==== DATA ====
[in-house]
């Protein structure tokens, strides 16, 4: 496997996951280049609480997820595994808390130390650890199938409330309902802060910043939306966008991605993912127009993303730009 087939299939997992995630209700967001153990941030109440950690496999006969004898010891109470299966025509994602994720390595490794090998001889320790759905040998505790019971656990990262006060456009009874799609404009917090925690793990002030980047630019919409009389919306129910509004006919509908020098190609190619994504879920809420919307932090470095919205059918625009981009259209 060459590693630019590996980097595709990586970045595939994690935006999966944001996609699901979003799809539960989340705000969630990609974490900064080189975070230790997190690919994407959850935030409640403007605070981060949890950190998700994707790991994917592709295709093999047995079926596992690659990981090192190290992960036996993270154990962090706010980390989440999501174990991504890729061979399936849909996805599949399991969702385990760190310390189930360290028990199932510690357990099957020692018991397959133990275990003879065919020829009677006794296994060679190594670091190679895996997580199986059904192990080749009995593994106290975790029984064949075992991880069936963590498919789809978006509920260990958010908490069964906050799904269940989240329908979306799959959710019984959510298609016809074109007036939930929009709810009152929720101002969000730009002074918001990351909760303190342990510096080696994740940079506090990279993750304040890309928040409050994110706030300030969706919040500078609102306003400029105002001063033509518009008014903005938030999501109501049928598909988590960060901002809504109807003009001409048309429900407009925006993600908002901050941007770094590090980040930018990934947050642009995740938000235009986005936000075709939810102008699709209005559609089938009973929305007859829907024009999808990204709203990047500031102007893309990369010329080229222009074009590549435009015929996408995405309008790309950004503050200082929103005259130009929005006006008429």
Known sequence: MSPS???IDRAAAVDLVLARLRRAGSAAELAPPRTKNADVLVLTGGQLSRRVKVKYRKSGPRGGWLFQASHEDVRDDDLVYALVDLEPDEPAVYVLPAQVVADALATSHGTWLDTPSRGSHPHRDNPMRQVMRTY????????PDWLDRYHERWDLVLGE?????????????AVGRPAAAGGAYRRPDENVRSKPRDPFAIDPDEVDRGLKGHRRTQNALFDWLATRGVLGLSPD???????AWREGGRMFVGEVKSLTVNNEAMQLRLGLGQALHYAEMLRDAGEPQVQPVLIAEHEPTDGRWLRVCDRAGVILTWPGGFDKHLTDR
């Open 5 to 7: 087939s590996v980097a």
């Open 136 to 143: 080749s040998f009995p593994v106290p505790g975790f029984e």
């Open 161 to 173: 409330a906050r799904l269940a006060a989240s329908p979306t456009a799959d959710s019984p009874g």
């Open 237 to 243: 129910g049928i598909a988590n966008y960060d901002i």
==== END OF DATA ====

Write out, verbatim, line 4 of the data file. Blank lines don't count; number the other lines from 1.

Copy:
């Open 5 to 7: 087939s590996v980097a």